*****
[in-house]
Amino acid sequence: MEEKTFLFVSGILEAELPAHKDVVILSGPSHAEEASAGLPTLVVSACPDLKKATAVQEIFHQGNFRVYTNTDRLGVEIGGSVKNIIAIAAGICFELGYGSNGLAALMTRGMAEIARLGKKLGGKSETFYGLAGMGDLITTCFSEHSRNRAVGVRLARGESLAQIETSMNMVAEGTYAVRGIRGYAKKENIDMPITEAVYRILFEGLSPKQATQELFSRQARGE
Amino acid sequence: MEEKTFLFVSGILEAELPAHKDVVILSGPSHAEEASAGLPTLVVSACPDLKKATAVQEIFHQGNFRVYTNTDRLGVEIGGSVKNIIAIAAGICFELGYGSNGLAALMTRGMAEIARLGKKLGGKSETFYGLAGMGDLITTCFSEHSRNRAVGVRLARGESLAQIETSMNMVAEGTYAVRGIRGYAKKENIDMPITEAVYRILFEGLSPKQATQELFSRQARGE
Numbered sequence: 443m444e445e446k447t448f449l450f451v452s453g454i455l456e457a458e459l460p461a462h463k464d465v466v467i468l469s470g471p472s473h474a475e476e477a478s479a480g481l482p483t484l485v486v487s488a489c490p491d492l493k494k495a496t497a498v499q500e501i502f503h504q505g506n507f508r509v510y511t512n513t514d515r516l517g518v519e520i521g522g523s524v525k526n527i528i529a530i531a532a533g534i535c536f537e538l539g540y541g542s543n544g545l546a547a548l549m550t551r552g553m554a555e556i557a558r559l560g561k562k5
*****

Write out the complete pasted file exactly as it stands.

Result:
[in-house]
Amino acid sequence: MEEKTFLFVSGILEAELPAHKDVVILSGPSHAEEASAGLPTLVVSACPDLKKATAVQEIFHQGNFRVYTNTDRLGVEIGGSVKNIIAIAAGICFELGYGSNGLAALMTRGMAEIARLGKKLGGKSETFYGLAGMGDLITTCFSEHSRNRAVGVRLARGESLAQIETSMNMVAEGTYAVRGIRGYAKKENIDMPITEAVYRILFEGLSPKQATQELFSRQARGE
Amino acid sequence: MEEKTFLFVSGILEAELPAHKDVVILSGPSHAEEASAGLPTLVVSACPDLKKATAVQEIFHQGNFRVYTNTDRLGVEIGGSVKNIIAIAAGICFELGYGSNGLAALMTRGMAEIARLGKKLGGKSETFYGLAGMGDLITTCFSEHSRNRAVGVRLARGESLAQIETSMNMVAEGTYAVRGIRGYAKKENIDMPITEAVYRILFEGLSPKQATQELFSRQARGE
Numbered sequence: 443m444e445e446k447t448f449l450f451v452s453g454i455l456e457a458e459l460p461a462h463k464d465v466v467i468l469s470g471p472s473h474a475e476e477a478s479a480g481l482p483t484l485v486v487s488a489c490p491d492l493k494k495a496t497a498v499q500e501i502f503h504q505g506n507f508r509v510y511t512n513t514d515r516l517g518v519e520i521g522g523s524v525k526n527i528i529a530i531a532a533g534i535c536f537e538l539g540y541g542s543n544g545l546a547a548l549m550t551r552g553m554a555e556i557a558r559l560g561k562k5